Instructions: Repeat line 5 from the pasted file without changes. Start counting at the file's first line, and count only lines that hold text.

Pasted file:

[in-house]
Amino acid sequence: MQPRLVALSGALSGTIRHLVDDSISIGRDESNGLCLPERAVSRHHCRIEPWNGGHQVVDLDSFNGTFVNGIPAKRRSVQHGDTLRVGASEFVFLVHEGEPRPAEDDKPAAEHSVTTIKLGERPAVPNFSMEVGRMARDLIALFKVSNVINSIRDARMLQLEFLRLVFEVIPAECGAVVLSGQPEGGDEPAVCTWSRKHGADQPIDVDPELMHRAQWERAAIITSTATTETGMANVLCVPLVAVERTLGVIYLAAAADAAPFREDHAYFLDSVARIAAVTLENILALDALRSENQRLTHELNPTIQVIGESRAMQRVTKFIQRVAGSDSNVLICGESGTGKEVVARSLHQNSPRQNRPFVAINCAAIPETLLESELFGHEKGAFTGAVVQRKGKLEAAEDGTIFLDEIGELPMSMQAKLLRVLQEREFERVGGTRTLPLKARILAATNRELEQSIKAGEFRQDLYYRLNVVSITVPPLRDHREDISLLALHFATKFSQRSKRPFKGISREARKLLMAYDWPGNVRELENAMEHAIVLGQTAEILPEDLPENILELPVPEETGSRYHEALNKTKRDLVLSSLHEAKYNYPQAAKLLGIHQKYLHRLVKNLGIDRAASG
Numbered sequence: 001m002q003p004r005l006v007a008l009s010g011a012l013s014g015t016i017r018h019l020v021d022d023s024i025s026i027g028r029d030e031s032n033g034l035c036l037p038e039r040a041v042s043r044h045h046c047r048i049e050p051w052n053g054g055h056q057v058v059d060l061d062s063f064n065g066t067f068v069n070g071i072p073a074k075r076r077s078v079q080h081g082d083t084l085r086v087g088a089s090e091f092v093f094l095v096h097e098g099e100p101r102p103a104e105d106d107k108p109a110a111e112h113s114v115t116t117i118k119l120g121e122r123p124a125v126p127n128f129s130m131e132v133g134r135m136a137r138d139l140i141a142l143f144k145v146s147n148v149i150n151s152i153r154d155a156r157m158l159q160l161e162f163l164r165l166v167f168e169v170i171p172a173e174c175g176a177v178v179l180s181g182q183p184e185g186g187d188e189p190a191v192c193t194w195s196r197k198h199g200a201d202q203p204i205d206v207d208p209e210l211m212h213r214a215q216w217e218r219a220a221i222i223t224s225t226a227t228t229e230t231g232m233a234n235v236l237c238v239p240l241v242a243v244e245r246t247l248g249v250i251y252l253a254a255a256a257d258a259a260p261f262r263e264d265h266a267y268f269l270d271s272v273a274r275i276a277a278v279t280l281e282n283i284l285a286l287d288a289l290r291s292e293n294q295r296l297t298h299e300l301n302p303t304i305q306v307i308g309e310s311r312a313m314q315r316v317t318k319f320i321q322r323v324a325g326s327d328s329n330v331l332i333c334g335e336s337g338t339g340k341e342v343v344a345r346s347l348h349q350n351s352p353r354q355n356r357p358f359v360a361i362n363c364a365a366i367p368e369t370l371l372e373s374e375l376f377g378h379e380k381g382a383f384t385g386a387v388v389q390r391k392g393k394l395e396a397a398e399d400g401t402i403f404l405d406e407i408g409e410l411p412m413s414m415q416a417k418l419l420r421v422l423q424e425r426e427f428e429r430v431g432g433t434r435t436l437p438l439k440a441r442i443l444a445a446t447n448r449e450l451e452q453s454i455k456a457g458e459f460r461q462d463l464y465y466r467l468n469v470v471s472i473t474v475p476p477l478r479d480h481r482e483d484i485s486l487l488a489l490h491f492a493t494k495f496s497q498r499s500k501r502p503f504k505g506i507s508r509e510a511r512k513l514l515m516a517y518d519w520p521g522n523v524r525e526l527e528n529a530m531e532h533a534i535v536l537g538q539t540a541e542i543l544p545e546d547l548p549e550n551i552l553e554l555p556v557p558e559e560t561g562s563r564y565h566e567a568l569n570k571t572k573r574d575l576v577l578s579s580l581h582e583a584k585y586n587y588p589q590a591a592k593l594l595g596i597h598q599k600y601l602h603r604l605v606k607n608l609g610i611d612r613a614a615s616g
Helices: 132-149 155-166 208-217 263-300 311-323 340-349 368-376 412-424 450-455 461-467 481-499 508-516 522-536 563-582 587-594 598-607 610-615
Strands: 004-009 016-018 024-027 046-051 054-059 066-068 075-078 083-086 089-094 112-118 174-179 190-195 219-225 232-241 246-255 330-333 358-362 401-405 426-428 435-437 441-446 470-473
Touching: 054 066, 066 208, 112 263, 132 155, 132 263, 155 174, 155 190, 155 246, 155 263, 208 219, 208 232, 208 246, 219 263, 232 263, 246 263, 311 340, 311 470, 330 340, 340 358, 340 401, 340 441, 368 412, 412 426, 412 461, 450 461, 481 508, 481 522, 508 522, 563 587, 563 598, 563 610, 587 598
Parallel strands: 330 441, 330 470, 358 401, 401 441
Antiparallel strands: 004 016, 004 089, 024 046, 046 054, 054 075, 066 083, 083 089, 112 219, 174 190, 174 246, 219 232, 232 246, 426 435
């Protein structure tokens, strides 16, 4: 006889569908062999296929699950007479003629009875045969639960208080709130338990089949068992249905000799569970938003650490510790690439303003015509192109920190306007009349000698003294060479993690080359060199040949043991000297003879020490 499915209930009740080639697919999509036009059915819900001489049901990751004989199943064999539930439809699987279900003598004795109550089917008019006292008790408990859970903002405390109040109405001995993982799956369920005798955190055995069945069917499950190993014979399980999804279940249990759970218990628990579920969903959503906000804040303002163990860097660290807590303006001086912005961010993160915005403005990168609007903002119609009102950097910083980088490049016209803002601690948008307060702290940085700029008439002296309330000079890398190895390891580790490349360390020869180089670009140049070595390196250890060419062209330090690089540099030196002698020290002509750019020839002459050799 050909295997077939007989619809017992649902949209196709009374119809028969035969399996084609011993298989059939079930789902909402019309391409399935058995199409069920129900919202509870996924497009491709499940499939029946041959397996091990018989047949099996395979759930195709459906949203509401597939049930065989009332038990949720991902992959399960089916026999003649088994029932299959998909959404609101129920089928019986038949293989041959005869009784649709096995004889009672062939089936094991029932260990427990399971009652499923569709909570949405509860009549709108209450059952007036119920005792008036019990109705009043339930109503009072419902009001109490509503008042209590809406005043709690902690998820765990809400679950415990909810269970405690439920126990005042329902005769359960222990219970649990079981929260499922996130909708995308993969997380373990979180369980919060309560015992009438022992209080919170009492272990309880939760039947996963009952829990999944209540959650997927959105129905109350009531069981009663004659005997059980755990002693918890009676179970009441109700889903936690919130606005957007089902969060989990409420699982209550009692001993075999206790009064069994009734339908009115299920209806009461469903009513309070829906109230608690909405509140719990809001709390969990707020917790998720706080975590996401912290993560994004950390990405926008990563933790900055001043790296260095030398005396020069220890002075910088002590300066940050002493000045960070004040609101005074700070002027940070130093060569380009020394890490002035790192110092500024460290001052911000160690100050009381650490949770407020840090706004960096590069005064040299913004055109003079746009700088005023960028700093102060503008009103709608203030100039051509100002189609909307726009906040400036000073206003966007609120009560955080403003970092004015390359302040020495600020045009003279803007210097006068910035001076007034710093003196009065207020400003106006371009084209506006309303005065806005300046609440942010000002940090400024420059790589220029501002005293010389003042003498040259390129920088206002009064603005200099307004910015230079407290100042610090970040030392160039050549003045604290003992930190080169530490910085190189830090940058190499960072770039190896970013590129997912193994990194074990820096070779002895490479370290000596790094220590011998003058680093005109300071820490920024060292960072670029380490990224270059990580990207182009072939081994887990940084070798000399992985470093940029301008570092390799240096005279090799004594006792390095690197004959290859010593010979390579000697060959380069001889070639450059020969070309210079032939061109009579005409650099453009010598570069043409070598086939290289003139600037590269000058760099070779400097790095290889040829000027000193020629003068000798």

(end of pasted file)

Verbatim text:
Strands: 004-009 016-018 024-027 046-051 054-059 066-068 075-078 083-086 089-094 112-118 174-179 190-195 219-225 232-241 246-255 330-333 358-362 401-405 426-428 435-437 441-446 470-473